Michael Crabtree

Seth Roberts

Intensive DFSers are familiar with the short-yardage exploits of Crabtree and Roberts. Amari Cooper is an electrifying talent in many ways, but he’s still not a focal point inside the 10. Across 21 NFL games, he’s been looked at from there just 4 times. Over that span, Crabtree (11) and Roberts (7) have combined to soak up more than half the team’s targets. Both make for intriguing stack plays against a Kansas City defense that’s been thrown at a lot in the dark zone. Roberts has been more efficient, but he’s a deep-GPP stab only; Crabtree is a more universal option.

Jacob Tamme

For several years now, Julio Jones’ brilliance has failed to transfer into the dark zone. There’s nothing he can’t do on a football field, it seems, except for produce near the goal line. Since 2013, Jones has drawn just 18.7% of Falcons targets from inside the 10, and his 23.1% touchdown rate is very poor. With the Falcons offense looking like a semi-juggernaut, we want in on their likely scorers. That makes Tamme a shrewd GPP stab. He’ll see next to no ownership while facing the Seahawks, but more importantly, he’s Matt Ryan’s premier target in the dark zone. Over the last three weeks, Tamme has seen 4 of Ryan’s 10 looks from there. There’s a nonzero chance he makes up for a three-catch Sunday by scoring on two of them.

Running Game Notables

DeMarco Murray

Murray would be enough of a dark zone threat on his rushing, where he’s seventh in attempts and tied for fifth in touchdowns. But he also figures into his team’s passing-game plans near the end zone. He’s already received five targets from there, more than any other back. All told, his 14 looks (rushes + targets) lead the league, so you’re hard-pressed to find a safer TD bet on this week’s slates. My model projects Murray to 1.38 touchdowns, and that could be low-balling him against a Cleveland defense that’s weak against the run.

Carlos Hyde

The 49ers are nightmarishly bad, but Hyde’s value has never been higher. Chip Kelly’s pace-up offense manages to find the dark zone more often than many think, and Hyde is their engine there. He’s taken a carry or target on 11 of the team’s 21 snaps from inside the 10. We don’t know quite what Colin Kaepernick will bring to a Chip Kelly offense, but we know he won’t be trusted with the offensive keys – that’s Hyde’s game, both in the dark zone and out.

Ryan Mathews

Mathews is always a name (and salary) to monitor in putting together a GPP portfolio. Over his three full games, he’s fourth league-wide with 10 dark zone rushes. It’s clear where Doug Pedersen’s preferences lie near the goal line – Carson Wentz has thrown just five passes from there. The Eagles may or may not see gobs of scoring opportunity at Washington, but we know when they do, it’ll be Mathews with the ball in his hands more often than not. That kind of clear pathway to 4x value puts Mathews into GPP conversations.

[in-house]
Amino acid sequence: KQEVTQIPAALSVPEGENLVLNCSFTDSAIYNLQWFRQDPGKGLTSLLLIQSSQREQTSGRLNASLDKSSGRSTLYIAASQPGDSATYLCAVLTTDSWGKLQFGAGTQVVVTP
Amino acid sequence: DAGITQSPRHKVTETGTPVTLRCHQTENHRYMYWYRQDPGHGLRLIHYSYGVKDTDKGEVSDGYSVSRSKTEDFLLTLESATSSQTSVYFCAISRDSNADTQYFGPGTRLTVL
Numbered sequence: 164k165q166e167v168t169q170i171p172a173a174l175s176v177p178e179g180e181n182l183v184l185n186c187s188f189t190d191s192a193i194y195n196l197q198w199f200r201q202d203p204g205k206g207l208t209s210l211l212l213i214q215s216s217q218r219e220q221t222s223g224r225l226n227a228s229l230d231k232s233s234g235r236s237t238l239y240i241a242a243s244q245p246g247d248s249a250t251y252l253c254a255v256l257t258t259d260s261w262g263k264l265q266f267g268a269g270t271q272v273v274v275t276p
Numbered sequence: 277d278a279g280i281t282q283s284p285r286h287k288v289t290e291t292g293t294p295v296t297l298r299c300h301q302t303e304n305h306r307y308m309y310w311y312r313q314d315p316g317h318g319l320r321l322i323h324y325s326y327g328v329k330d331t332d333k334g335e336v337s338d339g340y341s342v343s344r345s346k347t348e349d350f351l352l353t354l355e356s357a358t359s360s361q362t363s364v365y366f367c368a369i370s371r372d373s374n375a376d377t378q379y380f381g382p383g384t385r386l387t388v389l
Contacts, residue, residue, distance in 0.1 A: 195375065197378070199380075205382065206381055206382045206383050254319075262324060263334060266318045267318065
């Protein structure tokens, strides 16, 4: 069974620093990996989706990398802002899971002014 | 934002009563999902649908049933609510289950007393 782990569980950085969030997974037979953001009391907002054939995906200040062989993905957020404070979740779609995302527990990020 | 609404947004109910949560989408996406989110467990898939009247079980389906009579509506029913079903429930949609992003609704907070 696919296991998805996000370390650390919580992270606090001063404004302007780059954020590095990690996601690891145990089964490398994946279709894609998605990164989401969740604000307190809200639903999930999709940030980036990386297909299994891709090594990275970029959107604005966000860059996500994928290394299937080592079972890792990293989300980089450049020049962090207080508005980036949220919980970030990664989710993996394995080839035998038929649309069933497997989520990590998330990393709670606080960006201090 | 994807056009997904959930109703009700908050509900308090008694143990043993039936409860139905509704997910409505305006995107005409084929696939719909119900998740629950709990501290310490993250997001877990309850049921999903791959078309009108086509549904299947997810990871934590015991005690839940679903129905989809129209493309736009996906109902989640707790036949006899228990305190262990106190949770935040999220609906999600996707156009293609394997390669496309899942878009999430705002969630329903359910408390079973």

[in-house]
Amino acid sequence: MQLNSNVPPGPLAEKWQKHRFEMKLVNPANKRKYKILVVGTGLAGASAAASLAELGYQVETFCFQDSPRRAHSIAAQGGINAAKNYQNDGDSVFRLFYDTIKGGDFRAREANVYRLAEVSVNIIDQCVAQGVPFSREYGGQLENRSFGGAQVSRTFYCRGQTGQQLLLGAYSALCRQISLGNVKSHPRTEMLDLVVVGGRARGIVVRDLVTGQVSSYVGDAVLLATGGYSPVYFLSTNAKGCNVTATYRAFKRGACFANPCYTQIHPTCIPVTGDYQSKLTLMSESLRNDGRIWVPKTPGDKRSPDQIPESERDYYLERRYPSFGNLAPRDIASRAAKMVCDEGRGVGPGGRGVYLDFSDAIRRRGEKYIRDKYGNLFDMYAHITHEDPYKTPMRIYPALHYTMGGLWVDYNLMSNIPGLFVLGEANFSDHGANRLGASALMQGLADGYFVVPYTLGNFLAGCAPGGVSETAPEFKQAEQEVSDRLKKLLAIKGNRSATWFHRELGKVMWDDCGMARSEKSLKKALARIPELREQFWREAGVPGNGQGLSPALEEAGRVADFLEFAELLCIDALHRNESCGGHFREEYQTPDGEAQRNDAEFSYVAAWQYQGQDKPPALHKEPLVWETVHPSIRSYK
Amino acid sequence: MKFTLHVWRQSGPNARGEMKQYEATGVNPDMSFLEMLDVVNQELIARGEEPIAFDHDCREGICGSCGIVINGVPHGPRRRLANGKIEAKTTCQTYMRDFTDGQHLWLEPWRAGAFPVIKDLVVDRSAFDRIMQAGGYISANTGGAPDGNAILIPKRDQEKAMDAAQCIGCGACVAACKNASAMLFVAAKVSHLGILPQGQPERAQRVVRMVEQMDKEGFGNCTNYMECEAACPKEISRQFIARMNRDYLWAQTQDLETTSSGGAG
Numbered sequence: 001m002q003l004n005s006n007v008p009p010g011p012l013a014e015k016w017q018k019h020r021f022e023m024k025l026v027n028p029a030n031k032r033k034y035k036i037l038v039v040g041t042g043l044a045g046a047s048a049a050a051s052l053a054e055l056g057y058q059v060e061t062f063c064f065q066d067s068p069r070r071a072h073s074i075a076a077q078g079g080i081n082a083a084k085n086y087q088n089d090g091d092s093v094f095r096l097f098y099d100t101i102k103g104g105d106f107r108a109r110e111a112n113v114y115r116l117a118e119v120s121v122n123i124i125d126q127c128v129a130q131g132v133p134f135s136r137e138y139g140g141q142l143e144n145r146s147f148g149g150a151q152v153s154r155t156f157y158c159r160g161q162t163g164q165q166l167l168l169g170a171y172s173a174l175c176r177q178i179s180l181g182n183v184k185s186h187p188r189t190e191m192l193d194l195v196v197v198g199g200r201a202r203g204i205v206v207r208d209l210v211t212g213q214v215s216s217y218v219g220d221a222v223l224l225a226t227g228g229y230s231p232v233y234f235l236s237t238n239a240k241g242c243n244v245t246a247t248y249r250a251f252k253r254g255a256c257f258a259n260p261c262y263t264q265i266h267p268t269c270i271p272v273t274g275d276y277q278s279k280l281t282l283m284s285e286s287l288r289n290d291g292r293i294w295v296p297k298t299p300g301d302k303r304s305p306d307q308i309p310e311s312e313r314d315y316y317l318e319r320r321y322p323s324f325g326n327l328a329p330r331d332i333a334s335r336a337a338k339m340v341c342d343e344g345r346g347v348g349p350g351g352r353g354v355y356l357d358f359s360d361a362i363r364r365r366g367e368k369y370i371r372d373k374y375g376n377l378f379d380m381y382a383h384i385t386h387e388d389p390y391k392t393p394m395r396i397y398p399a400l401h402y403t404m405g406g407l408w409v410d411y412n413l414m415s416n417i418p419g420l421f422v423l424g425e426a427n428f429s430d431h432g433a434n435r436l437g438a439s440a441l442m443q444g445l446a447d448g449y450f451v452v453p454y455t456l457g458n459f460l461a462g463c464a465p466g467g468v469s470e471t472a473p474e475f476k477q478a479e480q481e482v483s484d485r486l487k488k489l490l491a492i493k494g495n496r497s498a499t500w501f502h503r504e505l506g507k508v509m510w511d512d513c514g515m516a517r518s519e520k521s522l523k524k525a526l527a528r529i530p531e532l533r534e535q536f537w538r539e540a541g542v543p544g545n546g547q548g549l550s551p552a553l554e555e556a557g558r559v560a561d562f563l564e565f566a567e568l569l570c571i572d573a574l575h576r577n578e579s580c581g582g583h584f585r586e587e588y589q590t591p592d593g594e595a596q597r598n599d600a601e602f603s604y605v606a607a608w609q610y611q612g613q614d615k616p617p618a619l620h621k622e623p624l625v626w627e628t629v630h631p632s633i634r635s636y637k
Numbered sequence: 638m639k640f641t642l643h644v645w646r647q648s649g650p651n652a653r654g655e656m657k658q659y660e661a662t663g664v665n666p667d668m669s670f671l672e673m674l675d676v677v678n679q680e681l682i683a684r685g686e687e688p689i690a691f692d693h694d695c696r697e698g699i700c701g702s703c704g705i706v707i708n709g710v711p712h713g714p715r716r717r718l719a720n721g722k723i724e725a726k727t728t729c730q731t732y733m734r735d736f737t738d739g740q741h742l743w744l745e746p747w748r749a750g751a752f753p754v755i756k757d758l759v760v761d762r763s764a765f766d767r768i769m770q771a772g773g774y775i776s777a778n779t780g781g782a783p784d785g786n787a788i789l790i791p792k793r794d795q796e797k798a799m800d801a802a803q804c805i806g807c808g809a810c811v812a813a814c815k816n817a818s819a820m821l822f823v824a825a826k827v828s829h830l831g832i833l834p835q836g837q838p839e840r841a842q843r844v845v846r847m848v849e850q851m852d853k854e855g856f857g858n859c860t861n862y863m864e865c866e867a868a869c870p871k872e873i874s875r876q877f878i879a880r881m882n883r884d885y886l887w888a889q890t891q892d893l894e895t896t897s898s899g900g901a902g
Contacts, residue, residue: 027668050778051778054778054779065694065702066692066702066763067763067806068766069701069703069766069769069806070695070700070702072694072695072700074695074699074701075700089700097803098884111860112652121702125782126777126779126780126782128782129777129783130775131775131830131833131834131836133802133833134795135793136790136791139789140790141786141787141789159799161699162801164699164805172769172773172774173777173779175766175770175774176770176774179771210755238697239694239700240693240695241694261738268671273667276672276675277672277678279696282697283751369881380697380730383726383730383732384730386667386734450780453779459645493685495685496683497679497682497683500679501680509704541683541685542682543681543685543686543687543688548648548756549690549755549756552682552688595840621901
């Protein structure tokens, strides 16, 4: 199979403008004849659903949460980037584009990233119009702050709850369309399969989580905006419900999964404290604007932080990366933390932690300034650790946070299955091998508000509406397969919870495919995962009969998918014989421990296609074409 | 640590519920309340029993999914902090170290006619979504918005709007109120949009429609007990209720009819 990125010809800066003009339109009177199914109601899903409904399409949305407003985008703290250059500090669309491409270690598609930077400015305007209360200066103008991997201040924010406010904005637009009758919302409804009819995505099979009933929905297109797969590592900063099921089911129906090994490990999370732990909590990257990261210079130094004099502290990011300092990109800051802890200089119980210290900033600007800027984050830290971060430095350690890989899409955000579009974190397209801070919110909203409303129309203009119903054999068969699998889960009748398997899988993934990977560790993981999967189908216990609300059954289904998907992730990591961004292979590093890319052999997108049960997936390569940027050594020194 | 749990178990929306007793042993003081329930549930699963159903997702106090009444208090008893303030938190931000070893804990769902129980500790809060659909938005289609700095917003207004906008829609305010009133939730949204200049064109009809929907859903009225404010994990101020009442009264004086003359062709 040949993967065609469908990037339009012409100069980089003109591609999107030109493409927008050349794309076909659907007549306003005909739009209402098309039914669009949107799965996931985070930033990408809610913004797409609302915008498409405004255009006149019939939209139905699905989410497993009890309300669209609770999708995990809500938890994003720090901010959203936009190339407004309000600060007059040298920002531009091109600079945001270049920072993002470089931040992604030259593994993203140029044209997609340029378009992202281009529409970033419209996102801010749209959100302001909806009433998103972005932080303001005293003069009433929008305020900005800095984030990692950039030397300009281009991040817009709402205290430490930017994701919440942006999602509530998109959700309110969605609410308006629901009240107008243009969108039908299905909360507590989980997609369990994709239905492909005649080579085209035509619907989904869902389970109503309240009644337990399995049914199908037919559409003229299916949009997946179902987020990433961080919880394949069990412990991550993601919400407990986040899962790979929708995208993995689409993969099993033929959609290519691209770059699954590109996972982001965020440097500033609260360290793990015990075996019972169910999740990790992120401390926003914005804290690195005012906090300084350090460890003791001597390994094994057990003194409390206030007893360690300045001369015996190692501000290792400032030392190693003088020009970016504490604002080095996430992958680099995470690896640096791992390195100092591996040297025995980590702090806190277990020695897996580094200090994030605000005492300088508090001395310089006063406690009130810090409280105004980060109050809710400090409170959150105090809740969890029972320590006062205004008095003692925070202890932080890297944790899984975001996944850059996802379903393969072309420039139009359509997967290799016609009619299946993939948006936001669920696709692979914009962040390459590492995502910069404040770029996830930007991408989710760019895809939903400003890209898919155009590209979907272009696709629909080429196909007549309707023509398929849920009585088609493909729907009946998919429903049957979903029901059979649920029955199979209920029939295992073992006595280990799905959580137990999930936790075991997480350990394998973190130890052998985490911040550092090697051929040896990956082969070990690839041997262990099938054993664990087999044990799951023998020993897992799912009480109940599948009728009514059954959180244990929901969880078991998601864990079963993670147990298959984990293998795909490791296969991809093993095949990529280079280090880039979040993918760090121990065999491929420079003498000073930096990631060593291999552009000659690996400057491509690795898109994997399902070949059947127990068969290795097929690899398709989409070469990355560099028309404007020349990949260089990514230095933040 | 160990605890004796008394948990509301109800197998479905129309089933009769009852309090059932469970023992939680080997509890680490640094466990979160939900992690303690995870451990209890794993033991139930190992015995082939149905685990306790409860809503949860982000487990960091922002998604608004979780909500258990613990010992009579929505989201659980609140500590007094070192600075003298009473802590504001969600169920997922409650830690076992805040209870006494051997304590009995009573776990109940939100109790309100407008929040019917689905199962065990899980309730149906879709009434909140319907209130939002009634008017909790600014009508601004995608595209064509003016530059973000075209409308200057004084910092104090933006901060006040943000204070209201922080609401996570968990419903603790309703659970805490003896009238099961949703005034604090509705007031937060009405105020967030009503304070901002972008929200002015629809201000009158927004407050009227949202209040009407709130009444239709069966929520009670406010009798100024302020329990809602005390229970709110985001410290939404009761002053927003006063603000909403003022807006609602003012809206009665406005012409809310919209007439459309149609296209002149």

LeSean McCoy

McCoy’s a fantastic play this week for many reasons – and one is his untapped touchdown potential. He’s scored at a decent clip thus far, with three scores in five games. But consider that he’s been tackled at the 1-yard line a league-high 4 times. Facing the 49ers, McCoy projects to an overwhelming share of the Buffalo backfield on all levels of the field, and it would be an upset if he didn’t see multiple short shots at the goal line.

Tevin Coleman

One of the season’s more surprising (to me) subplots has been the wonky (and wildly successful) two-man backfield in Atlanta. Last year, Devonta Freeman monopolized the opportunity in all facets; in 2016, Coleman has split passing-down work and cut deeply into that share near the goal line. He’s taken five dark zone rushes thus far (to Freeman’s nine) and scored on three of them. Obviously, rostering a back facing Seattle always carries a strong degree of risk, so Coleman is a GPP-only option anyway. But matchup be damned, he’s a strong one.

Frank Gore

My projection model is in love with Gore, especially this week. And the primary reason for that is his projection of 1.15 dark zone touchdowns, second-highest of the week’s slates. Much of that is owed to his matchup; the Texans boast a generally sound defense, but it’s declining due to key injuries and has been run on in the dark zone a robust 25 times (14 over the last three weeks). Gore fully dominates the Colts backfield, and he’s scored on two of three dark zone rushes over that same span. His outlook is rarely sexy, but the numbers suggest it is this week. His multi-TD potential is well worth a small chunk of your portfolio.

Jonathan Stewart

Stewart’s likely return to action won’t come with a lot of fanfare – he’s an aging, marginal workhorse whose short-yardage role is undermined by a crowded backfield. But someone is likely to score a short touchdown or two on the Saints this weekend. No team has been run against more in the dark zone (22 attempts), and only the Chargers have allowed more ground scores from there. It’s anyone’s guess as to how that opportunity would be divvied up, and Stewart has never been an elite short-yardage producer. But, again, somebody is going to, and Cam Newton is awfully expensive.